Any employee with direct access to residents must complete a fingerprint-based criminal background check. Staff members must also complete training covering medication assistance, supervision, intervention procedures for unsafe situations, and behavior management. New hires who will be working with residents must be supervised until they complete at least 16 hours of orientation training within the first 30 days of being hired. Additionally, eight hours of training must be completed each year. Communities that accept individuals with Alzheimer's disease or other forms of dementia are required to undergo targeted training that covers the unique needs of these residents.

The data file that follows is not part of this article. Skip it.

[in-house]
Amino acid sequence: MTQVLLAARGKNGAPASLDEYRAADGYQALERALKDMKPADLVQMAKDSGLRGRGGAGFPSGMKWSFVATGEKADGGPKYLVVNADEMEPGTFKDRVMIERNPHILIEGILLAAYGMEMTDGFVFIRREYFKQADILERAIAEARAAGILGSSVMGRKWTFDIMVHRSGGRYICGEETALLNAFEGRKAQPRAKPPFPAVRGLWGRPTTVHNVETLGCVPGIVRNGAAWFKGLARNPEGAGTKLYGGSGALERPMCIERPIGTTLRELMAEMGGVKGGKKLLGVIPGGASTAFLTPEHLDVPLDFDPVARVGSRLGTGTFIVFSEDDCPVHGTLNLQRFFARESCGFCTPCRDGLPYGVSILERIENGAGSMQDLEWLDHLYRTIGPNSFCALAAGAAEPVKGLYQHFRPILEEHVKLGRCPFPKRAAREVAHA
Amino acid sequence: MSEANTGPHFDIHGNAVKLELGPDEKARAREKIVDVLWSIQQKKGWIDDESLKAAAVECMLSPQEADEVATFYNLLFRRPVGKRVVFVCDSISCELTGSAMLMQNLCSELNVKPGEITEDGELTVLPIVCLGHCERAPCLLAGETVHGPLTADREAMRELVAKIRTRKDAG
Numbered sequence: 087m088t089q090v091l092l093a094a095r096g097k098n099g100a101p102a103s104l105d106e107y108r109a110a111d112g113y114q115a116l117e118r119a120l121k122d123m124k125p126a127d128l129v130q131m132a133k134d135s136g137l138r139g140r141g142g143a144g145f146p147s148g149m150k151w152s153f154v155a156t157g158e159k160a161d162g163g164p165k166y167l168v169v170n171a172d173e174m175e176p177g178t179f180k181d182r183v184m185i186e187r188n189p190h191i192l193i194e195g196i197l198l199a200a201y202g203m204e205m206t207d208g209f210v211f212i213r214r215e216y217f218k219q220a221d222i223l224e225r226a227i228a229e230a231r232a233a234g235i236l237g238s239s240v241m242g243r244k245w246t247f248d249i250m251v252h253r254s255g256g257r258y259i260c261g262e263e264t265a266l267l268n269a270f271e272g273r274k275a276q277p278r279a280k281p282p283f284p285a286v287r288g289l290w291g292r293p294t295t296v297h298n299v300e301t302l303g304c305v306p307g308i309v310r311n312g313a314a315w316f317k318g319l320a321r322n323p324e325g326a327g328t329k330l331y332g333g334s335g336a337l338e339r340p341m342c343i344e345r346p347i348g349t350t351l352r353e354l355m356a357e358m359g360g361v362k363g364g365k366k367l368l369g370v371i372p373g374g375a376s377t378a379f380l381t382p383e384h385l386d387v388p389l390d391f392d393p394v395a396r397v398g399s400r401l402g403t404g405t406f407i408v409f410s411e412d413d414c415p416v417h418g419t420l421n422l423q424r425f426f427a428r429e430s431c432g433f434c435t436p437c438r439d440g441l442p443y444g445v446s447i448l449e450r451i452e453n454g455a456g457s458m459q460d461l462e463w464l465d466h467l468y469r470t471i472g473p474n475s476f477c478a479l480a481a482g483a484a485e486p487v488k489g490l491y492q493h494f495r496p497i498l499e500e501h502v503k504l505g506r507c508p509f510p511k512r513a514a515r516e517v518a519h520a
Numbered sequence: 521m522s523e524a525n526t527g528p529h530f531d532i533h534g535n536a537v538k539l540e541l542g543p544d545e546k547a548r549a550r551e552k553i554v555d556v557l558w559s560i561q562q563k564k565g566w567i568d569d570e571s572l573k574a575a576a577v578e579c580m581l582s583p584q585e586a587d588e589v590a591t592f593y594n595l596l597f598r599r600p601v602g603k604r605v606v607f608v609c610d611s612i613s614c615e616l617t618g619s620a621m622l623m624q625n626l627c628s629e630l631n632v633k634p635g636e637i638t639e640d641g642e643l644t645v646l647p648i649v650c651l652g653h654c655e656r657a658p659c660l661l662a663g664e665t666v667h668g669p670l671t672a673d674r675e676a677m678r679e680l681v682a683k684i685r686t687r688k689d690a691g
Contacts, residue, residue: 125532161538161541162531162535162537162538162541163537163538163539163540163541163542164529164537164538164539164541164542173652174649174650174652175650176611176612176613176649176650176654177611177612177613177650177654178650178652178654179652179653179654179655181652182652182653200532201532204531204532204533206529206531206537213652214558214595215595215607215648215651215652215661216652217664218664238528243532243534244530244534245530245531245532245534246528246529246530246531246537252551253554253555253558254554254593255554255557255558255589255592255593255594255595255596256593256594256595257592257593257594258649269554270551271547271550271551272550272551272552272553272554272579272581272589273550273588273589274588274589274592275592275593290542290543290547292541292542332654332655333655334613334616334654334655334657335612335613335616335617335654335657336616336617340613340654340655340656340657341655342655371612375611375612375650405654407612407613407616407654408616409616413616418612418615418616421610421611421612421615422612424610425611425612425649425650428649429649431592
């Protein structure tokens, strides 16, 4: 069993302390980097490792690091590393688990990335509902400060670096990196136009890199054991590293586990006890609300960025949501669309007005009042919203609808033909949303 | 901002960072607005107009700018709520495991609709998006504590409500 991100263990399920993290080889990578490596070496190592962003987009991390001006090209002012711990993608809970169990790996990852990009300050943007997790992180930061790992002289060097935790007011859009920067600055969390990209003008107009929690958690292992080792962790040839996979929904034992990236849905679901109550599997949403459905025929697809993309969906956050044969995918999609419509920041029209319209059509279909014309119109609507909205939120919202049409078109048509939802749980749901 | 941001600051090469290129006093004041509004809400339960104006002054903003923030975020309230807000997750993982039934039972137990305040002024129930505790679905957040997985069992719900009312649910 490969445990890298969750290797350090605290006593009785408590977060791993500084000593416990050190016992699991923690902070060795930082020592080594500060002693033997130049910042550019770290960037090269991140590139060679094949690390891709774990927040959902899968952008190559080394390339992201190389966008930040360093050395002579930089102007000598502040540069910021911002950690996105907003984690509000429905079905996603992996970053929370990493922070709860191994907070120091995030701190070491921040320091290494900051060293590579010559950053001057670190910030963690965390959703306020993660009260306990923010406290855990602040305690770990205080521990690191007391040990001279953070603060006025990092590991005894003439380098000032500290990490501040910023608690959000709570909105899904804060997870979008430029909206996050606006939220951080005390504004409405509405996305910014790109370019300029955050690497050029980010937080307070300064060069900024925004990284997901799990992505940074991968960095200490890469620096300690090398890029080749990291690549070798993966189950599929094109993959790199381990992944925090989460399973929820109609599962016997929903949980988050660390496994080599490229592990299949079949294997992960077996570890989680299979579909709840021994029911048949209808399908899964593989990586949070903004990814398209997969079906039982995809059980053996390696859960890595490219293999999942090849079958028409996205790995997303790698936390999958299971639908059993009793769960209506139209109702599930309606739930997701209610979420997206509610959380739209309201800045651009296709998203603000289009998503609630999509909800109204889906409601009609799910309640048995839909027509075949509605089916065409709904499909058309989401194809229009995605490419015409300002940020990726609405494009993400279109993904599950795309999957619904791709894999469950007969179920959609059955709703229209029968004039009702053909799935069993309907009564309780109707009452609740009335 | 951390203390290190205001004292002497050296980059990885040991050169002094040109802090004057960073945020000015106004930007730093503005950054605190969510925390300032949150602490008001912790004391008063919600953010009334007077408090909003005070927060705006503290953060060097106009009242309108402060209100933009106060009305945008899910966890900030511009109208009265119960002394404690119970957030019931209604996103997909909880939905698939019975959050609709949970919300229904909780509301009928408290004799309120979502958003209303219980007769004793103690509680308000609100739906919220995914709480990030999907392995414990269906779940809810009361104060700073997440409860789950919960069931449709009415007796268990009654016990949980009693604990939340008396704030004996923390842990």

The community must retain a licensed registered nurse to develop care plans for residents and conduct regular assessments to evaluate the need for potential changes in care. Assistance with medications can only be offered by staff members who have completed a medication assistance course through one of the local community colleges. This does not count toward the orientation or yearly maintenance training.

Cost Of Assisted Living Care In Idaho

Theaverage cost of assisted living carein Idaho is $3,838 per month. This cost is $662 lower than the national average of $4,500 per month.  The cost of living in Idaho is 2.1% higher than the national average with healthcare costs nearly 2.8% higher and housing costs 10.4% more than the national average. The exact price of care differs depending on where in the state you’re located. Costs in the state range from $3,500 in Idaho Falls to $4,675 in Couer d'Alene.